Thousands of Russians bid farewell to last Soviet leader Mikhail Gorbachev 'the peacemaker'

By Andrew Osborn and Filipp Lebedev

MOSCOW (Reuters) -Thousands of Russians filed past the open casket of Mikhail Gorbachev, the last leader of the Soviet Union, on Saturday with many saying they wanted to honour his memory as "a peacemaker" who dismantled totalitarianism and gave them their freedom.

Gorbachev, leader of the Soviet Union from 1985-1991, died on Tuesday aged 91. His body lay in state in the grand Hall of Columns in central Moscow in the tradition of previous Soviet leaders, including Vladimir Lenin and Josef Stalin.

The man affectionately known as 'Gorby' in the West and who won the Nobel Peace Prize in 1990 for his role in ending the Cold War was then buried at Moscow's famous Novodevichy cemetery alongside his wife Raisa, who died in 1999.

Dmitry Muratov, editor-in-chief of the Novaya Gazeta newspaper and himself a Nobel Peace Prize laureate, headed a column of mourners carrying a portrait of his friend.

A priest read a short prayer before a military band played the Russian national anthem, which has the same melody as the Soviet anthem, as Gorbachev's coffin was lowered into the ground. An honour guard fired three shots into the air.

Earlier, flanked by two rifle-wielding members of the elite Kremlin Regiment and with the hall's 54 chandeliers emitting only a dim glow, the former president's body lay in an open casket with his face and upper body visible.

His daughter Irina and her two daughters sat nearby.

Russians of all ages filed through the hall and laid flowers on a plinth at the foot of the casket and stole a brief and final glance as sombre music played and a giant black and white portrait of Gorbachev looked down from the wall.

Best known in the West for helping end the Cold War, reducing his country's nuclear stockpile, and for unwittingly presiding over the demise of the Soviet Union, Gorbachev's legacy still divides opinion inside and outside Russia.

But those who lined up to say farewell recalled the late politician, who died in Moscow after an unspecified illness, with gratitude.

"He was a peacemaker, he was one of God's sons," said Tatiana, 80, who said she had come despite poor health.

"He wanted to give us democracy and freedom and we turned out to not be very ready yet," said Alexander Lebedev, a tycoon and close friend.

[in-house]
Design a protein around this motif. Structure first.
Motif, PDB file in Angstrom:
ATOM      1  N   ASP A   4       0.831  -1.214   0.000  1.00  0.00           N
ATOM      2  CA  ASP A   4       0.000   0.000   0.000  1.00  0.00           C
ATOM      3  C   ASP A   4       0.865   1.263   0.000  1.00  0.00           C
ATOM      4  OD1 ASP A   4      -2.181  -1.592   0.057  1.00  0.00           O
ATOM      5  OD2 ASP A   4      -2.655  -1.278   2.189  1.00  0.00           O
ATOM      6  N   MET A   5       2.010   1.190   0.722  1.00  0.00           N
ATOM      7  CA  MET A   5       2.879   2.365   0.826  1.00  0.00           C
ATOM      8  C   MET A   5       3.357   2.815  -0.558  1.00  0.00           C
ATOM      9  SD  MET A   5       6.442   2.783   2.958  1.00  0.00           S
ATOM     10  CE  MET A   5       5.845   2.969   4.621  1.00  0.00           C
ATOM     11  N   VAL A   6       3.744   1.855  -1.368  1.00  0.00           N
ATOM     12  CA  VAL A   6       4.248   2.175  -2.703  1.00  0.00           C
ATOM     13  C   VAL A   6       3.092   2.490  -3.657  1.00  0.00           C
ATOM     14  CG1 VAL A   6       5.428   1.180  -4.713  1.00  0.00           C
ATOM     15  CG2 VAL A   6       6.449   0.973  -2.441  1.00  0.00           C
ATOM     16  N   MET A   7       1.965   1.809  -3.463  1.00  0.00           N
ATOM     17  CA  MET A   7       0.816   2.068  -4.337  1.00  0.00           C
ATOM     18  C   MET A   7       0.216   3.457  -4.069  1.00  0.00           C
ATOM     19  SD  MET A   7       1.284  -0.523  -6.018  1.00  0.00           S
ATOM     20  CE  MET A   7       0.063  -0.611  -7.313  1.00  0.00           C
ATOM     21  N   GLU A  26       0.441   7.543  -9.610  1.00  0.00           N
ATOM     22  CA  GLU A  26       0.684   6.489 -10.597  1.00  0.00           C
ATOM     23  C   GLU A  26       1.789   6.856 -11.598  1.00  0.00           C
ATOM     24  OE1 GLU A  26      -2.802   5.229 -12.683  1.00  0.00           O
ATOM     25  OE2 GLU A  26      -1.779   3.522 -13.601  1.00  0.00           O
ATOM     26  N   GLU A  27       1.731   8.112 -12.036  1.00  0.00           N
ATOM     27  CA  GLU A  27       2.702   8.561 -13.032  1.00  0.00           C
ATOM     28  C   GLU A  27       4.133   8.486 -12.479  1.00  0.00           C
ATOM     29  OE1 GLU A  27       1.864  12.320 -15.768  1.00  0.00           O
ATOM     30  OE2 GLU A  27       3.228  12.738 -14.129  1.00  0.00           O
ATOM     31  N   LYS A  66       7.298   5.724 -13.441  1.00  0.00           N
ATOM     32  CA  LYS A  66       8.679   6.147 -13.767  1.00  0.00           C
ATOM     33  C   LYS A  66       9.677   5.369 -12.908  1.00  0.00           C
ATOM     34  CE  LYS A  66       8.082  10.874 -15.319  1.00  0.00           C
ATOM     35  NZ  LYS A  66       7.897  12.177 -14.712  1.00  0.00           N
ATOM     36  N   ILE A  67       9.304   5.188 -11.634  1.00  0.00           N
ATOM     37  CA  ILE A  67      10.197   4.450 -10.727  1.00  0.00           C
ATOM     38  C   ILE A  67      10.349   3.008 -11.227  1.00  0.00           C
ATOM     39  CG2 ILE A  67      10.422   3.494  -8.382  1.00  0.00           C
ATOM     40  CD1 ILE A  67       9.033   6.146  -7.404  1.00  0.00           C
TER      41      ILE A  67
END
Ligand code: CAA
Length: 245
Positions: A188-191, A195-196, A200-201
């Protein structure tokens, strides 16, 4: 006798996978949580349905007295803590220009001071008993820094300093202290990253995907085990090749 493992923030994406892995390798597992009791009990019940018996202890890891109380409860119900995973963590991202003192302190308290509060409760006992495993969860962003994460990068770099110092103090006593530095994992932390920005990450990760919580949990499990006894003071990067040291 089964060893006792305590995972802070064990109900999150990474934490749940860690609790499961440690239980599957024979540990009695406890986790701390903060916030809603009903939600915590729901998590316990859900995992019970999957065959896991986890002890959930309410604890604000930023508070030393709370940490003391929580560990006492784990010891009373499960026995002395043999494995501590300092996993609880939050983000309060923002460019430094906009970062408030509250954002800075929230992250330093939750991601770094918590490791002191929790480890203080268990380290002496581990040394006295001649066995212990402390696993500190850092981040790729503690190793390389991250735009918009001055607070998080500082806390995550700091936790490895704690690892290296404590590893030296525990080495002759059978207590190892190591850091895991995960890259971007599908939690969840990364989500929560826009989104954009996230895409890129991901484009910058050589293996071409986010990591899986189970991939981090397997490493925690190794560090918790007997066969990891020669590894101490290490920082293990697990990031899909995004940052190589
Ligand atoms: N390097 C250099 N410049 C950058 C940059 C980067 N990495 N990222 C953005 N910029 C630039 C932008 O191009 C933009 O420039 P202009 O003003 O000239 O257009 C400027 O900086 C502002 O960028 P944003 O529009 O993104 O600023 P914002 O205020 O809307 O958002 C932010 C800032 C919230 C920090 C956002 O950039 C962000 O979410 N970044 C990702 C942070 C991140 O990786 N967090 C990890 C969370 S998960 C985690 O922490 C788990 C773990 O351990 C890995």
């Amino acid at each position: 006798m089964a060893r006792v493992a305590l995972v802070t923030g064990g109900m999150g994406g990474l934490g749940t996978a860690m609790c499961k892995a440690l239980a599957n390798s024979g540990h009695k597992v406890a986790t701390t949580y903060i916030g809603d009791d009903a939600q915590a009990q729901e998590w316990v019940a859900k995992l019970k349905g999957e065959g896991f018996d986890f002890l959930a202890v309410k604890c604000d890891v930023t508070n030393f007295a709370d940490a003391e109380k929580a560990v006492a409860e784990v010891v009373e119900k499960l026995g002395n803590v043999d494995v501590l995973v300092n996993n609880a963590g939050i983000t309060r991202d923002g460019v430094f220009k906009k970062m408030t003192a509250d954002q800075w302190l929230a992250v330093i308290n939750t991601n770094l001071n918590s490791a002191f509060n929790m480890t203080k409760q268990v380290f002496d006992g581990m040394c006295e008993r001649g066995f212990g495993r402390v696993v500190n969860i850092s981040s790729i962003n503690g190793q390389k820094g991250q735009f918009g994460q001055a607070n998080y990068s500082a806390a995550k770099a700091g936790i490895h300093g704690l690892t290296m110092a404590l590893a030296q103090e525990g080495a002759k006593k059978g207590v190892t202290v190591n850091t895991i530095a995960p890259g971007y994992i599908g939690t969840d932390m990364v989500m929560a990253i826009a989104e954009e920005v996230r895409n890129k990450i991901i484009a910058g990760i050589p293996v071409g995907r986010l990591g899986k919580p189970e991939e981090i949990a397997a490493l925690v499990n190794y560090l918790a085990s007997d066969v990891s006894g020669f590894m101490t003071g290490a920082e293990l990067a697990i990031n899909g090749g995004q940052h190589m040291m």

"That's most unfortunate but we will still be a European country. This part of history will be over one day."


President Vladimir Putin paid his respects to Gorbachev on Thursday, but stayed away from Saturday's memorial event with the Kremlin citing his busy schedule.

Nor was Gorbachev granted a state funeral unlike his nemesis Boris Yeltsin, Russia's first post-Soviet president and the man who named Putin as his successor, who died in 2007.

Some saw Putin's no-show as a snub from a former KGB officer who has rolled back many of Gorbachev's reforms and has said he regards the 1991 collapse of the Soviet Union as the greatest geopolitical catastrophe of the 20th century that he would reverse if given a chance.

"I think it's a kind of a statement," Vladimir Pozner, a veteran journalist, told Reuters.

"And I don't think that Mr Putin is a particular fan of Mr Gorbachev. I think they saw the world very differently."

Gorbachev was, like Putin, crushed by the demise of the Soviet Union but is blamed by many Russians for setting in train a reform process that spun out of control and emboldened the USSR's 15 republics to break away.

That ushered in a period of new found freedoms in Russia but also economic suffering and a sometimes bloody redistribution of state property which left many Russians feeling angry and humiliated.


Former Russian President Dmitry Medvedev paid his respects to Gorbachev on Saturday, as did some other, but not all, senior pro-Kremlin politicians.

Hungarian Prime Minister Viktor Orban flew in to pay his respects. But with Russia sanctioned by the West over what Putin calls his "special military operation" in Ukraine, other European and Western leaders were absent.

Among the mourners were many young Russians who were not even born when the Soviet Union collapsed.

"Yes he made some serious socio-economic mistakes, but all that pales in comparison with what he did for the freedom of the press and for international relations. Stuff like the fall of the Berlin Wall," said Oleg, 22, a former history student.

Andrey Zubov, an historian who knew Gorbachev, said the attendance of young people was a silent protest against the current political system.

But he said he was disappointed by the turnout given Gorbachev's role in Russian history, suggesting it showed how few Russians valued freedom over tyranny.

"When Stalin lay in state here (in 1953) hundreds of thousands came and some people were killed in the crush," said Zubov.

"But when Gorbachev died, thousands of people have come to honour a person who gave us our freedom. It's not a lot."

(additional reporting by Gabrielle Tétrault-Farber and Kevin LiffeyEditing by Andrew Cawthorne, Frances Kerry and Ros Russell)